Ecker: Motorcycle accidents – Case studies                                                         4
CASE 3

Accident description
A motorcycle rider stopped close to a traffic sign at a road intersection of a two-lane downtown
road, see Fig. 9. When there was no more traffic coming from the right, she accelerated her bike
to turn left onto the two-lane road. For some unknown reason the motorcycle rider lost control of
her bike. Still struggling to stabilize her motorcycle she crossed the walkway one can see in Fig.
10, and barely managed to avoid fully hitting the concrete column. Contact was made however,
by the left foot and the footrest. The wild ride ended beyond the hedge on the small lawn.
Feeling pain in her left foot the biker took of her left boot and noticed with horror that one toe
had been cut off by the accident.

Probable cause
It was not possible to find out why the motorcycle rider lost control of her bike. As she did not,
or did not want to remember what happened initially, this is left in the dark. There is a conjecture
that the side stand has been extended during the stop, but not retracted when moving on.
However, this possible cause could not be proved. The seemingly more mysterious fact is the
severe injury the lady suffered from the accident. The left boot seems to be fully intact, see Fig.
11, and does not give a clue on how this could have happened.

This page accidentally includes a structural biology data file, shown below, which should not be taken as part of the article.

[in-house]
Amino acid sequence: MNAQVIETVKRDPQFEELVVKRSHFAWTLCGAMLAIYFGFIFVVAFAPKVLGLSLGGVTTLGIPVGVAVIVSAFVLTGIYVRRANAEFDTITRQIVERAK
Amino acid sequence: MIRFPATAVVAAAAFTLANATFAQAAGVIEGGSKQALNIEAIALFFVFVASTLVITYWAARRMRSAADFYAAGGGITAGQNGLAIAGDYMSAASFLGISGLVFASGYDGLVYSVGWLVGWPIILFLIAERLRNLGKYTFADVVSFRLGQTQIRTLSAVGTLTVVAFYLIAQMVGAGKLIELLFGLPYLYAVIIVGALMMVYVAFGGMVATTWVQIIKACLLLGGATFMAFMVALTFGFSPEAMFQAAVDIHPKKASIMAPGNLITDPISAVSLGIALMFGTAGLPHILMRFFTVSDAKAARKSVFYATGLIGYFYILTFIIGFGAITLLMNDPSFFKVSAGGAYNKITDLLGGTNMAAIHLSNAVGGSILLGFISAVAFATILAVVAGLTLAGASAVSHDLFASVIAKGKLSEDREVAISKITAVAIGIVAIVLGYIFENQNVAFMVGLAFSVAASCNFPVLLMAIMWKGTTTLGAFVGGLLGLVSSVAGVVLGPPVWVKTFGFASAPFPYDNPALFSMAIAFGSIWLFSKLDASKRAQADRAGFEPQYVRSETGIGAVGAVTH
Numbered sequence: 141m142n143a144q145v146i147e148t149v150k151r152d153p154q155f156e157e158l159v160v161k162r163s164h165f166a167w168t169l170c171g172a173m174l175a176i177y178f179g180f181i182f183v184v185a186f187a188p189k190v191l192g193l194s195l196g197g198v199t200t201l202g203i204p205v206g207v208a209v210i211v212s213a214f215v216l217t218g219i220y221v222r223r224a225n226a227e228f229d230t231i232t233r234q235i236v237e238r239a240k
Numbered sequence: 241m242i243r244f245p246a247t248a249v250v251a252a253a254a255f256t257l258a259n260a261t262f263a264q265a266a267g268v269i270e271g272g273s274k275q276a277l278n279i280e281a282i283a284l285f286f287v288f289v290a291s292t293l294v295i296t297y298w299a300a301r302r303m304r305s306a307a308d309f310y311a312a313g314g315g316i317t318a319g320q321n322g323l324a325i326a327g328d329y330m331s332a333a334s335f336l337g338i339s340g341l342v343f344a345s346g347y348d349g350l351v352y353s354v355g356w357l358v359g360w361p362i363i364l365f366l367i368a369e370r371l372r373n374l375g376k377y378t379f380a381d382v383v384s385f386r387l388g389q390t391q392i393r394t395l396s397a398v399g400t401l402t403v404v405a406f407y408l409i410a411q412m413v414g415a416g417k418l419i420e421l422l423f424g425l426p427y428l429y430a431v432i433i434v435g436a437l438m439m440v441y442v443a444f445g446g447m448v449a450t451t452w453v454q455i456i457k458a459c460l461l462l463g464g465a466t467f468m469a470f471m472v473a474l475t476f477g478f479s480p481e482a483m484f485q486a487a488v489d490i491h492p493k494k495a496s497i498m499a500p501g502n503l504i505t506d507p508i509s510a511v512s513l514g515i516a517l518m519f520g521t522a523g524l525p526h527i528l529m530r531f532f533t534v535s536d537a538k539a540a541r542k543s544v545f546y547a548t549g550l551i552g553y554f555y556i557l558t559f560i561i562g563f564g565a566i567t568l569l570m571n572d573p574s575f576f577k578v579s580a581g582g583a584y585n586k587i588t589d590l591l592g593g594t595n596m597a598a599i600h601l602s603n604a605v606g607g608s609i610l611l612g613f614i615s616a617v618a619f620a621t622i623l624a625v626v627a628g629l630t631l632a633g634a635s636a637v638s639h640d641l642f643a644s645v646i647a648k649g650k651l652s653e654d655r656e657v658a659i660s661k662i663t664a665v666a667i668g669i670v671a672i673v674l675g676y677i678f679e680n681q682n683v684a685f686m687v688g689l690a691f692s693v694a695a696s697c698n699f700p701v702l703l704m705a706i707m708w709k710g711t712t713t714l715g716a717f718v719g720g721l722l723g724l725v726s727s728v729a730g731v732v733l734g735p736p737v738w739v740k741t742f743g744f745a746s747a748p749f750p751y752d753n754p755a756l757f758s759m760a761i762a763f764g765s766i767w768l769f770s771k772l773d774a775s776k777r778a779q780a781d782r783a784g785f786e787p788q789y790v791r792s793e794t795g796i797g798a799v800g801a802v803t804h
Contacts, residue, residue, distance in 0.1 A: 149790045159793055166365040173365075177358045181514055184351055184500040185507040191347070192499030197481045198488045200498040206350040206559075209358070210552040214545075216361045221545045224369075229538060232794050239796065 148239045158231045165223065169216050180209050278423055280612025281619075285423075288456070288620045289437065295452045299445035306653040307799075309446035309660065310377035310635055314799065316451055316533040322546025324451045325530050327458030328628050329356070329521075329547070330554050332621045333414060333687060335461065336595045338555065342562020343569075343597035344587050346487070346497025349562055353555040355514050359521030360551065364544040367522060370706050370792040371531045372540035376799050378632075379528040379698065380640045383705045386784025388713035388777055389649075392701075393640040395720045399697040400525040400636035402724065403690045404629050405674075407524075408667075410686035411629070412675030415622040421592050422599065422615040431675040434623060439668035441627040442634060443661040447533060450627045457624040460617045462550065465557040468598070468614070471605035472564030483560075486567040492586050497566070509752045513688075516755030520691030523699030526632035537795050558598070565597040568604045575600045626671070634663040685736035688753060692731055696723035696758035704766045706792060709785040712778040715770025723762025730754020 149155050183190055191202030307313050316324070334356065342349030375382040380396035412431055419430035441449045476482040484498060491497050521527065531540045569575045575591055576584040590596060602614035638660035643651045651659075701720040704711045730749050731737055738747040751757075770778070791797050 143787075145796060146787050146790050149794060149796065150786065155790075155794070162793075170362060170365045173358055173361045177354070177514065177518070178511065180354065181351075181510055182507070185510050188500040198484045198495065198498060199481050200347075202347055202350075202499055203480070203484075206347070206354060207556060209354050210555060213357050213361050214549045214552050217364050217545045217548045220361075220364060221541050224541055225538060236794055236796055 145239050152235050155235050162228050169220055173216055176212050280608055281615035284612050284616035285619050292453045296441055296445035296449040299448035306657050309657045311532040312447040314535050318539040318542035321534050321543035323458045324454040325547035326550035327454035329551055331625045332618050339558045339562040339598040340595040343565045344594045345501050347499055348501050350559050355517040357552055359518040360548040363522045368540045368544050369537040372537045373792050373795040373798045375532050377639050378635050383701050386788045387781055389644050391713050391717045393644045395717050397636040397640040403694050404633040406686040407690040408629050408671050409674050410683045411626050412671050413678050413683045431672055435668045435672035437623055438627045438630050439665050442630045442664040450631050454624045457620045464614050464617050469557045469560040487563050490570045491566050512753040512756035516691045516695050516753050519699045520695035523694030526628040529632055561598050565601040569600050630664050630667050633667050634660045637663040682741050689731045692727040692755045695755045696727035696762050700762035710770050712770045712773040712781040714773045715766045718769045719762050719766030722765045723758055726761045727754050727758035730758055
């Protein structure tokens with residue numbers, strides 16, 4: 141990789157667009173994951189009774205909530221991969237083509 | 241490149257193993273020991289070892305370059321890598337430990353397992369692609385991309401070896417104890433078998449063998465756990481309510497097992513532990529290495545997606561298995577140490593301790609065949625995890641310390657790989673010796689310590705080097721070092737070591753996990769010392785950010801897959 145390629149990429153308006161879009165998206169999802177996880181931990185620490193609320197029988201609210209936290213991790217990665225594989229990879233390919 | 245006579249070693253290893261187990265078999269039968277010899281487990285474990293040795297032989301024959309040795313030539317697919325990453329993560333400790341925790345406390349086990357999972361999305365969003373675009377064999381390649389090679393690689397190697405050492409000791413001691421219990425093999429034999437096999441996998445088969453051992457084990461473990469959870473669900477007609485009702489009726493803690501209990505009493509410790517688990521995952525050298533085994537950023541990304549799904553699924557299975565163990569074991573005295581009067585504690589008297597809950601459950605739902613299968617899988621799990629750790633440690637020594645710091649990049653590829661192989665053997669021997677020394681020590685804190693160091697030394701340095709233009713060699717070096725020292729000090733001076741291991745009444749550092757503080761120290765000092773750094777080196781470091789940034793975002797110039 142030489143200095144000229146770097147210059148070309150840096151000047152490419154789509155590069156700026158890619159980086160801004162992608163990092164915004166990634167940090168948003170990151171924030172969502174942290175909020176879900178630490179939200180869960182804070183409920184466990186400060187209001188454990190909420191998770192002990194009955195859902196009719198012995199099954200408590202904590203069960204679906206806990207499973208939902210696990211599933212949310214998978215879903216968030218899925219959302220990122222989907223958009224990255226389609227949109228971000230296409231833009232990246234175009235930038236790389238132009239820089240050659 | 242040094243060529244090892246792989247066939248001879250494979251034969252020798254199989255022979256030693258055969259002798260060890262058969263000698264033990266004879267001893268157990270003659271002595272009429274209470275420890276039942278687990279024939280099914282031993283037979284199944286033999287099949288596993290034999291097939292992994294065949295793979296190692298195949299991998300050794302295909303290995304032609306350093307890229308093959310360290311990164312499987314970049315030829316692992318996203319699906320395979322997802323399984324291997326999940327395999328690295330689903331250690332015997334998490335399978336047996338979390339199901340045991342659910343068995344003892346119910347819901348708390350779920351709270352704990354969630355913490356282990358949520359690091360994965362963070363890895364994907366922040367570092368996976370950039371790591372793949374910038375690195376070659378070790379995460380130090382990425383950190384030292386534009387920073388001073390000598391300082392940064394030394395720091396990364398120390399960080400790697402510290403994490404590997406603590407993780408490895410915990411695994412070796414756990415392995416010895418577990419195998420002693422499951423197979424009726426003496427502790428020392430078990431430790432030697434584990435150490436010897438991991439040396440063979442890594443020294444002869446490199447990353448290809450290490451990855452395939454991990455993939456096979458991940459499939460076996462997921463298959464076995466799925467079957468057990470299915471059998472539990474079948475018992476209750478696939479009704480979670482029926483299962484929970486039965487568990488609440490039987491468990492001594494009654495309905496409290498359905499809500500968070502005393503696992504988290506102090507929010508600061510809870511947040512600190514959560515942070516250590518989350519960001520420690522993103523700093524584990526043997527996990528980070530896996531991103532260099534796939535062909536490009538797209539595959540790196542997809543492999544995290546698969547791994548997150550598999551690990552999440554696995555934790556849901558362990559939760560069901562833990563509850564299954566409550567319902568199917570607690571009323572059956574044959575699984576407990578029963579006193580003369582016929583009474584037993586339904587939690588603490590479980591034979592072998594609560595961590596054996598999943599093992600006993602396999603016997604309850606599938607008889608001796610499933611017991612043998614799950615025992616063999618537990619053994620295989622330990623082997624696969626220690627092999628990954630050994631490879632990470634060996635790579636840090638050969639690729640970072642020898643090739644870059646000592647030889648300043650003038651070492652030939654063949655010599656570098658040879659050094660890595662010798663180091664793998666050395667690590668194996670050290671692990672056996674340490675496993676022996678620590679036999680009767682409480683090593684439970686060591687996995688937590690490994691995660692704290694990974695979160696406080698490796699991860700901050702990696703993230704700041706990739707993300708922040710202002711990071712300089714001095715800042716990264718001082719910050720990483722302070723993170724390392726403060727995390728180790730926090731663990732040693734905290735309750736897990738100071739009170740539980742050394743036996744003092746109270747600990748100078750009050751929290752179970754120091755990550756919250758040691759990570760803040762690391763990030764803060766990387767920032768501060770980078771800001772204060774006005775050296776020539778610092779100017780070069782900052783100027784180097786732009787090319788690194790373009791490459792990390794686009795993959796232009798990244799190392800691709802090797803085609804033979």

It was necessary to cut off the upper part of the boot from the sole and this did reveal what had
happened. Obviously boot and foot were squeezed between the concrete column and some part
of the motorcycle engine or frame. The sole did not withstand the lateral pressure and did
collapse, which means break and fold. The sole is composed of different layers, with the one on
top being made from a rather thin but stiff material. This top part of the sole separated from the
layers below and folded upwards on the outer (left-hand) side. The folded up section of the sole
was sharp and stiff and acted like a knife, which literally did cut off parts of one toe. Figure 12
shows a dark spot on the sole in the area where it was folded up by the accident. The dark color
comes from blood which escaped from the wound. It was possible to reproduce the folding
behaviour of the sole in laboratory experiments and prove that, in certain situations, this
motorcycle boot can be harmful to the person wearing it.

Lesson to learn
This is a very unusual and strange accident, but it did happen. It underlines that wearing good
quality cloths and boots is definitely worth the money in case of an accident. Although the boots